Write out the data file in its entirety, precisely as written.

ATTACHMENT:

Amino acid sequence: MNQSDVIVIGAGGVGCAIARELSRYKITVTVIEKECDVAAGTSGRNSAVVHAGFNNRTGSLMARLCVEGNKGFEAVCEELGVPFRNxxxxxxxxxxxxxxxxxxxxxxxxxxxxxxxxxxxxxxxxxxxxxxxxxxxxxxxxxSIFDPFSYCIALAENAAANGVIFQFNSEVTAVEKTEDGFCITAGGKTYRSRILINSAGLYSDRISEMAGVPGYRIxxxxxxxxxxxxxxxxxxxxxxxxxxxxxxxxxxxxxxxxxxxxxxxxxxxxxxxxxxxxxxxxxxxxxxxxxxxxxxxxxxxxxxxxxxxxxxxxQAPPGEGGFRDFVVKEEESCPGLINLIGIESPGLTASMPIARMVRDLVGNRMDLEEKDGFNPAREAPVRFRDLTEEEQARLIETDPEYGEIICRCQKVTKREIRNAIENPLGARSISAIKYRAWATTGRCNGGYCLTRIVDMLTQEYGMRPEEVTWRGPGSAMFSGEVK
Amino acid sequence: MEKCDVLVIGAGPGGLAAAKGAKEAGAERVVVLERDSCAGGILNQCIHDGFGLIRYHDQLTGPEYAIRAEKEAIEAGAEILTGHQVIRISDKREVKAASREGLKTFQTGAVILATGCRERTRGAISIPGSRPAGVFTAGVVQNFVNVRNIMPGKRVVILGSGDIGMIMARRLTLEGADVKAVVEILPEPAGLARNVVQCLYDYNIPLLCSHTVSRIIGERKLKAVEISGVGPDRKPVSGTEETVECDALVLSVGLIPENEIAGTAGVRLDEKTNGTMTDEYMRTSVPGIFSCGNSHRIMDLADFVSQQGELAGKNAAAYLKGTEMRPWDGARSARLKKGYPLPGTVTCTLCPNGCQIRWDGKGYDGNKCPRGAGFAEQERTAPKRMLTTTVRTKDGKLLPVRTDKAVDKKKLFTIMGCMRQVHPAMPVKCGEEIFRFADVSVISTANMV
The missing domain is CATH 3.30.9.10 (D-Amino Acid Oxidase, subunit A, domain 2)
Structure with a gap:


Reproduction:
Amino acid sequence: MNQSDVIVIGAGGVGCAIARELSRYKITVTVIEKECDVAAGTSGRNSAVVHAGFNNRTGSLMARLCVEGNKGFEAVCEELGVPFRNxxxxxxxxxxxxxxxxxxxxxxxxxxxxxxxxxxxxxxxxxxxxxxxxxxxxxxxxxSIFDPFSYCIALAENAAANGVIFQFNSEVTAVEKTEDGFCITAGGKTYRSRILINSAGLYSDRISEMAGVPGYRIxxxxxxxxxxxxxxxxxxxxxxxxxxxxxxxxxxxxxxxxxxxxxxxxxxxxxxxxxxxxxxxxxxxxxxxxxxxxxxxxxxxxxxxxxxxxxxxxQAPPGEGGFRDFVVKEEESCPGLINLIGIESPGLTASMPIARMVRDLVGNRMDLEEKDGFNPAREAPVRFRDLTEEEQARLIETDPEYGEIICRCQKVTKREIRNAIENPLGARSISAIKYRAWATTGRCNGGYCLTRIVDMLTQEYGMRPEEVTWRGPGSAMFSGEVK
Amino acid sequence: MEKCDVLVIGAGPGGLAAAKGAKEAGAERVVVLERDSCAGGILNQCIHDGFGLIRYHDQLTGPEYAIRAEKEAIEAGAEILTGHQVIRISDKREVKAASREGLKTFQTGAVILATGCRERTRGAISIPGSRPAGVFTAGVVQNFVNVRNIMPGKRVVILGSGDIGMIMARRLTLEGADVKAVVEILPEPAGLARNVVQCLYDYNIPLLCSHTVSRIIGERKLKAVEISGVGPDRKPVSGTEETVECDALVLSVGLIPENEIAGTAGVRLDEKTNGTMTDEYMRTSVPGIFSCGNSHRIMDLADFVSQQGELAGKNAAAYLKGTEMRPWDGARSARLKKGYPLPGTVTCTLCPNGCQIRWDGKGYDGNKCPRGAGFAEQERTAPKRMLTTTVRTKDGKLLPVRTDKAVDKKKLFTIMGCMRQVHPAMPVKCGEEIFRFADVSVISTANMV
The missing domain is CATH 3.30.9.10 (D-Amino Acid Oxidase, subunit A, domain 2)
Structure with a gap: